In theory the Apple iMac Pro will be out about 3 months from now.
See also Assessing the Dec 2017 Apple iMac Pro.
Right now, the best 2017 iMac 5K with 1TB SSD is $200 off at B&H Photo at about half the price of the most basic iMac Pro (see all the deals on Apple desktop Macs). That “best” presumes an upgrade to 32GB or 64GB of memory. Even better (and also $200 off) is the best 2017 iMac 5K with 2TB SSD.
What do you get for the extra $2200 of an iMac Pro over the 2017 iMac 5K, and does it matter to most users?
- Choice of 8 or 10 or 18 core CPU. Even for my work, 8 cores is going to do little to speed up my work unless there are other jobs running at the same time. And the lower clock speed might actually make it inferior to the 2017 iMac 5K since the most time wasting part of my work usually does not hit more then 3 cores due to Photoshop limitations. My instinct on this for *my* workflow is that 8 cores will be enough. But there is reduced bandwidth (apparently) for the 8 core CPU, so that pushes me to the 10 core, and that will probably be another $500 or $1000.
- Up to 128GB of ECC memory. ECC memory is important in some cases, but for most users it offers no benefit. For my uses 64GB is enough and the 2017 iMac 5K already offers that. So the ECC memory is the advantage for me, but not a compelling one.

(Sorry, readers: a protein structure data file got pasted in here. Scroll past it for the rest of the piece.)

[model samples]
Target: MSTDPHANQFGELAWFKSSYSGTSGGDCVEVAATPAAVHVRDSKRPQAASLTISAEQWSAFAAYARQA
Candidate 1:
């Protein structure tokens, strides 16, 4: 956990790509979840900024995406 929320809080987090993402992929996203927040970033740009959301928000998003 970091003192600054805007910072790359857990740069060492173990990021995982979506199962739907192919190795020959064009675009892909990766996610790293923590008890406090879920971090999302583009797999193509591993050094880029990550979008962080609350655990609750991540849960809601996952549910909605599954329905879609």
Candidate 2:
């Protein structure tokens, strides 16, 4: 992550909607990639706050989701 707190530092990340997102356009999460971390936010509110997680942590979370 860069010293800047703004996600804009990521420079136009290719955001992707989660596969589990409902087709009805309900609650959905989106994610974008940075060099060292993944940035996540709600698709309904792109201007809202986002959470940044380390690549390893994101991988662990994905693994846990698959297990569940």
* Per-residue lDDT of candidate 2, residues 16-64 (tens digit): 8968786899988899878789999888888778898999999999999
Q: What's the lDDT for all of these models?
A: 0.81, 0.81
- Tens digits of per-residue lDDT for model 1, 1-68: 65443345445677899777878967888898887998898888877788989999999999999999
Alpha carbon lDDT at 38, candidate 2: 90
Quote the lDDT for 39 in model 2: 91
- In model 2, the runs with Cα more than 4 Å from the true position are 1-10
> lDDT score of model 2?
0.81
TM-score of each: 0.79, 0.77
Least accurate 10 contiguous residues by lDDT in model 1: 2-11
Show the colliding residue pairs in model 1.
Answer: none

- Faster GPU. This is a win for Photoshop presumably, but quite possibly the real world Photoshop performance gains will be fractional for my work, so it’s no clear win until I actually see what actually happens in real world work.
- Display is apparently no better. What a pity it isn’t at least a 6K display in a 30" form factor.
- Support for external 4K or 5K displays is a clear win for the iMac Pro, and it might even be able to support an 8K display by using both Thunderbolt 3 busses via Multi Stream Transport. Now that is something that gets exciting, but such displays might be 1-2 years off.
- Dual Thunderbolt 3 busses. This is a win, but maybe makes no difference in my everyday workflow and imparts hassles like not being able to directly connect a Mini DisplayPort display like my NEC PA302W.
There you have it—no clear win that I can see. To add a small insult to injury, Apple has discontinued the full size keyboard and changed the position of the control keys on the toy wireless keyboard, breaking years of “finger training” for me.
All that said, I might actually consider the iMac Pro rather than wait for the new Mac Pro, which is still vaporware on the distant horizon. Also, dual Thunderbolt 3 busses are something very helpful for testing coming high performance peripherals.
- All pages keyworded by iMac Pro
- Will the iMac Pro Be Worth The Cost?
- Reasons that ECC Memory Matters
- Comparing the 2017 iMac 5K to the iMac Pro
- Dell UltraSharp 32 Ultra HD 8K Display is Shipping, Dec 2017 iMac Pro Already Behind the Curve
- Assessing the Dec 2017 Apple iMac Pro
Martin D writes:
I’m pretty sure the iMac Pro is 95% for 3D (games, video effects and VR development), and for (a rather pitiful and short-lived form of) bragging rights.
Of course, you can build a cheaper, more powerful 3D system, today, if you’re willing to use Windows, which, of course, is where most of the 3D software is anyway. The other 5% would be Xcode programmers who think it will be a comparatively helpful architecture to speed compiling.
MPG: I'll stay open to being 'sold' if 8K support is possible and when I test one and see if it outperforms for my actual real-world tasks. I’d also like a design that makes it easy to clean out dust, which the iMac Pro looks to not have, making it a non-pro machine from the outset.